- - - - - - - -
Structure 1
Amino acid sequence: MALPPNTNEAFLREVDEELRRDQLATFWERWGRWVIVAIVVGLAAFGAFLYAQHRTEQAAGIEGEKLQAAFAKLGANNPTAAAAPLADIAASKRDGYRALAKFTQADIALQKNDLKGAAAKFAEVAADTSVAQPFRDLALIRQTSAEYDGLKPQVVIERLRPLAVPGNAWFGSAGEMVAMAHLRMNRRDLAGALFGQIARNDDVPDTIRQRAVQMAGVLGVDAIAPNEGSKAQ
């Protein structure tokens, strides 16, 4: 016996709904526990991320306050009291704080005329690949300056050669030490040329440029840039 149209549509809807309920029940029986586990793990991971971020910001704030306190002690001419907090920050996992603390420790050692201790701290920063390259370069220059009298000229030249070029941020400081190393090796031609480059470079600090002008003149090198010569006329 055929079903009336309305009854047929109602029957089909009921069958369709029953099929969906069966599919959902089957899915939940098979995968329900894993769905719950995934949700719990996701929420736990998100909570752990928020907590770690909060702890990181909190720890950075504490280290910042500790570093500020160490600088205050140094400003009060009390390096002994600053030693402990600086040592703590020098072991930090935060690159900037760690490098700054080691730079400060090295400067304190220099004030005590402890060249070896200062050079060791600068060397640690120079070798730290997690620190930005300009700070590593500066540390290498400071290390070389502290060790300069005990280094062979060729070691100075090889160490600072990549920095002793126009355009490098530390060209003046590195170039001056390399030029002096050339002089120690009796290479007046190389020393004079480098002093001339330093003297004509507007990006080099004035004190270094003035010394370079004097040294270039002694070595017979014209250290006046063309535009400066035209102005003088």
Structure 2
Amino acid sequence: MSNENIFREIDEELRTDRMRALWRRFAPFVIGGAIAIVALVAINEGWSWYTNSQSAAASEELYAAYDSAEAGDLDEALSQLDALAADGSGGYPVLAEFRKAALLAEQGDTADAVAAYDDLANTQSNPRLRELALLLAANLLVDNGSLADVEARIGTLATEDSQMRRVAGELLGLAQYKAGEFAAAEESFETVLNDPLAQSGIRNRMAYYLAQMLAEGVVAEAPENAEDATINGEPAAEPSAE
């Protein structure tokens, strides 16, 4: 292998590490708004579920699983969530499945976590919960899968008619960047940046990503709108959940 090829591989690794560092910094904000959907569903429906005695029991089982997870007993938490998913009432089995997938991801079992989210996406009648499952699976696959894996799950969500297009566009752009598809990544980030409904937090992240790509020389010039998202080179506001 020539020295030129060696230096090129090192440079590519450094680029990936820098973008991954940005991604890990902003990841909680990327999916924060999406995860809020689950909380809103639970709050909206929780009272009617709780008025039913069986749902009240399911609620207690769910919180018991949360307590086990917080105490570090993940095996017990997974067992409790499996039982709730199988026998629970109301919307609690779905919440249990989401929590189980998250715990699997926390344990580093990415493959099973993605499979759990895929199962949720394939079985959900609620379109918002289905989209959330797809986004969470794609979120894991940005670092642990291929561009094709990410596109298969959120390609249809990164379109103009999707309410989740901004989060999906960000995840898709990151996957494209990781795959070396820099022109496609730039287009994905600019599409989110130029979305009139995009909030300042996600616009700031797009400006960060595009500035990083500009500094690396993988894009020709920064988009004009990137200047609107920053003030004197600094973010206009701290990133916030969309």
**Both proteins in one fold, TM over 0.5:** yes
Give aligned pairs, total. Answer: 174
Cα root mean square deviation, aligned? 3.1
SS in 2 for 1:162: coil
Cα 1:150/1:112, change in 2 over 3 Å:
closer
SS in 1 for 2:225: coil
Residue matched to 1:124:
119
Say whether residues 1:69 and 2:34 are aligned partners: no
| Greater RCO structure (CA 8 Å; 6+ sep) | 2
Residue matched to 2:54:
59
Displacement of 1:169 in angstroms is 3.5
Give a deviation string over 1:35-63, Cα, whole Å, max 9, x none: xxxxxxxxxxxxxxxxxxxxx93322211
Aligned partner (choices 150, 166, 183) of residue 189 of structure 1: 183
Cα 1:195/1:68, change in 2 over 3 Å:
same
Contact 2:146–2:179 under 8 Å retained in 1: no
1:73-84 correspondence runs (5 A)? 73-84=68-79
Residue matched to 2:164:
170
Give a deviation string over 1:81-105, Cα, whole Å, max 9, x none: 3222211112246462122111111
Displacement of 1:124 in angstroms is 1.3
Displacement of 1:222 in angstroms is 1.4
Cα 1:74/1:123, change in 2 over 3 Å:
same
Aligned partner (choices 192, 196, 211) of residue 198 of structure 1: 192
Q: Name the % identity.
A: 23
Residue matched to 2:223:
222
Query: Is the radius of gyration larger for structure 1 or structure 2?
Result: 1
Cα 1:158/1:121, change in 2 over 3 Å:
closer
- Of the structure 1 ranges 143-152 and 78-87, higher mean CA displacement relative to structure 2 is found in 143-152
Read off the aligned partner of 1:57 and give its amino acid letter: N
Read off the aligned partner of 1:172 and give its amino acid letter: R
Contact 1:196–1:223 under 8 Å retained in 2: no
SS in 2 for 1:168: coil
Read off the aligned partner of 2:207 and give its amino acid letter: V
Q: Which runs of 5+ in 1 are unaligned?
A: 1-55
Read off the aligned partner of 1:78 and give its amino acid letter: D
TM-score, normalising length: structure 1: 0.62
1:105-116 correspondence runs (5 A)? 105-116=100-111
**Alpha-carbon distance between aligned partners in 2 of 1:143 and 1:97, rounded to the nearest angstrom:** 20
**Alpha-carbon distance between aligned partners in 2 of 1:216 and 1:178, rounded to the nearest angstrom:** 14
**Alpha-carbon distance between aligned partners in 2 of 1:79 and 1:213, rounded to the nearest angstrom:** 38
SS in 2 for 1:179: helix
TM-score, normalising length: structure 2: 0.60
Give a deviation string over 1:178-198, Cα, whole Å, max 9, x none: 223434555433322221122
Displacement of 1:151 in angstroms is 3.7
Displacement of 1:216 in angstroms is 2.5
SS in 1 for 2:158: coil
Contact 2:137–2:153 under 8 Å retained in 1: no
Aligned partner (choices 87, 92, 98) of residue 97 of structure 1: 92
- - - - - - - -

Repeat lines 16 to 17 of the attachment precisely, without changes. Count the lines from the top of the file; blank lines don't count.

Say whether residues 1:69 and 2:34 are aligned partners: no
| Greater RCO structure (CA 8 Å; 6+ sep) | 2